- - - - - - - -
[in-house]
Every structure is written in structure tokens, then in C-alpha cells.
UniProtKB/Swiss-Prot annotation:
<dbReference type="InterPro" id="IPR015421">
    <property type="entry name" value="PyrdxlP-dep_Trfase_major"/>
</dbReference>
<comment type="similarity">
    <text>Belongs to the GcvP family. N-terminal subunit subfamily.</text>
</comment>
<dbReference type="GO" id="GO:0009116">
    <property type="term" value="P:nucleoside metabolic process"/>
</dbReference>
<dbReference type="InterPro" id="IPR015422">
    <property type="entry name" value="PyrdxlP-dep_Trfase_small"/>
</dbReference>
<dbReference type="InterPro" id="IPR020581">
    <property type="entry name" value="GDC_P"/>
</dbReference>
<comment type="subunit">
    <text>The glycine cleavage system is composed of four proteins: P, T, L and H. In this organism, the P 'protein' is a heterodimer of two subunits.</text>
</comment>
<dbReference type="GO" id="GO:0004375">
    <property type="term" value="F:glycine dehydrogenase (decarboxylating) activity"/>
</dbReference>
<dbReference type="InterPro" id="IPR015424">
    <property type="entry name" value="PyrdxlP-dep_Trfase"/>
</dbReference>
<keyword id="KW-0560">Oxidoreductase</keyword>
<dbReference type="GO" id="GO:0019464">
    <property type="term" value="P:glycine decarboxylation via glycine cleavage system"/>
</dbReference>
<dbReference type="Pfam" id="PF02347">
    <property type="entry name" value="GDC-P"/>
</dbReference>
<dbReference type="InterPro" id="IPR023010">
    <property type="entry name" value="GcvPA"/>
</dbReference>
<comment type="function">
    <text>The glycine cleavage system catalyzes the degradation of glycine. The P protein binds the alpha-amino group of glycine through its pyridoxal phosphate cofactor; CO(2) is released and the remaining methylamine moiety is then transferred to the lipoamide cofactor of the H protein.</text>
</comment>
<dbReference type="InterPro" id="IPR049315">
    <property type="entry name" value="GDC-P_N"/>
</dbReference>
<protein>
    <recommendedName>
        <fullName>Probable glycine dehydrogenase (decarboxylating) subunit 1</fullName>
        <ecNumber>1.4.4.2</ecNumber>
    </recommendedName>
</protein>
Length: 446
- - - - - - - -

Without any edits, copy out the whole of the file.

[in-house]
Every structure is written in structure tokens, then in C-alpha cells.
UniProtKB/Swiss-Prot annotation:
<dbReference type="InterPro" id="IPR015421">
    <property type="entry name" value="PyrdxlP-dep_Trfase_major"/>
</dbReference>
<comment type="similarity">
    <text>Belongs to the GcvP family. N-terminal subunit subfamily.</text>
</comment>
<dbReference type="GO" id="GO:0009116">
    <property type="term" value="P:nucleoside metabolic process"/>
</dbReference>
<dbReference type="InterPro" id="IPR015422">
    <property type="entry name" value="PyrdxlP-dep_Trfase_small"/>
</dbReference>
<dbReference type="InterPro" id="IPR020581">
    <property type="entry name" value="GDC_P"/>
</dbReference>
<comment type="subunit">
    <text>The glycine cleavage system is composed of four proteins: P, T, L and H. In this organism, the P 'protein' is a heterodimer of two subunits.</text>
</comment>
<dbReference type="GO" id="GO:0004375">
    <property type="term" value="F:glycine dehydrogenase (decarboxylating) activity"/>
</dbReference>
<dbReference type="InterPro" id="IPR015424">
    <property type="entry name" value="PyrdxlP-dep_Trfase"/>
</dbReference>
<keyword id="KW-0560">Oxidoreductase</keyword>
<dbReference type="GO" id="GO:0019464">
    <property type="term" value="P:glycine decarboxylation via glycine cleavage system"/>
</dbReference>
<dbReference type="Pfam" id="PF02347">
    <property type="entry name" value="GDC-P"/>
</dbReference>
<dbReference type="InterPro" id="IPR023010">
    <property type="entry name" value="GcvPA"/>
</dbReference>
<comment type="function">
    <text>The glycine cleavage system catalyzes the degradation of glycine. The P protein binds the alpha-amino group of glycine through its pyridoxal phosphate cofactor; CO(2) is released and the remaining methylamine moiety is then transferred to the lipoamide cofactor of the H protein.</text>
</comment>
<dbReference type="InterPro" id="IPR049315">
    <property type="entry name" value="GDC-P_N"/>
</dbReference>
<protein>
    <recommendedName>
        <fullName>Probable glycine dehydrogenase (decarboxylating) subunit 1</fullName>
        <ecNumber>1.4.4.2</ecNumber>
    </recommendedName>
</protein>
Length: 446